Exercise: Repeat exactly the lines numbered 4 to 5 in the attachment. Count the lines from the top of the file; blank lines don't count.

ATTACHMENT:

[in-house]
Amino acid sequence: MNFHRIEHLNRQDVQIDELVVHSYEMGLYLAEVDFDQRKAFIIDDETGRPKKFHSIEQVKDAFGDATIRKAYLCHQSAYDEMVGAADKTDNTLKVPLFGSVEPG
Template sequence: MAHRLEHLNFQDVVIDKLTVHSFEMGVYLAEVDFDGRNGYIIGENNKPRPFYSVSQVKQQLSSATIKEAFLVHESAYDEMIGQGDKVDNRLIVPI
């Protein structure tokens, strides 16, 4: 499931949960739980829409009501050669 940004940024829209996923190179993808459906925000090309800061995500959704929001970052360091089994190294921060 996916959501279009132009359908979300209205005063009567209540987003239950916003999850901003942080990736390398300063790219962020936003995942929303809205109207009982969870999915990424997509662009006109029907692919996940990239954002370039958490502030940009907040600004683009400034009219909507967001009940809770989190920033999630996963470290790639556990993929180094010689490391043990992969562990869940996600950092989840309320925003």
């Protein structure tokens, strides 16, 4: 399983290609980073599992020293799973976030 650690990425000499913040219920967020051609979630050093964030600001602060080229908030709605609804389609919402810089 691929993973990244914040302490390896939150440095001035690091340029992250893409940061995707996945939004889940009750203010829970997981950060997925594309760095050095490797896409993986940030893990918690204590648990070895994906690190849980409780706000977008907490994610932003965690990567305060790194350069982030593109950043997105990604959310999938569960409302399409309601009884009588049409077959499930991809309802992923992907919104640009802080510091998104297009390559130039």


């Protein structure tokens, strides 16, 4: 499931949960739980829409009501050669 940004940024829209996923190179993808459906925000090309800061995500959704929001970052360091089994190294921060 996916959501279009132009359908979300209205005063009567209540987003239950916003999850901003942080990736390398300063790219962020936003995942929303809205109207009982969870999915990424997509662009006109029907692919996940990239954002370039958490502030940009907040600004683009400034009219909507967001009940809770989190920033999630996963470290790639556990993929180094010689490391043990992969562990869940996600950092989840309320925003």
């Protein structure tokens, strides 16, 4: 399983290609980073599992020293799973976030 650690990425000499913040219920967020051609979630050093964030600001602060080229908030709605609804389609919402810089 691929993973990244914040302490390896939150440095001035690091340029992250893409940061995707996945939004889940009750203010829970997981950060997925594309760095050095490797896409993986940030893990918690204590648990070895994906690190849980409780706000977008907490994610932003965690990567305060790194350069982030593109950043997105990604959310999938569960409302399409309601009884009588049409077959499930991809309802992923992907919104640009802080510091998104297009390559130039």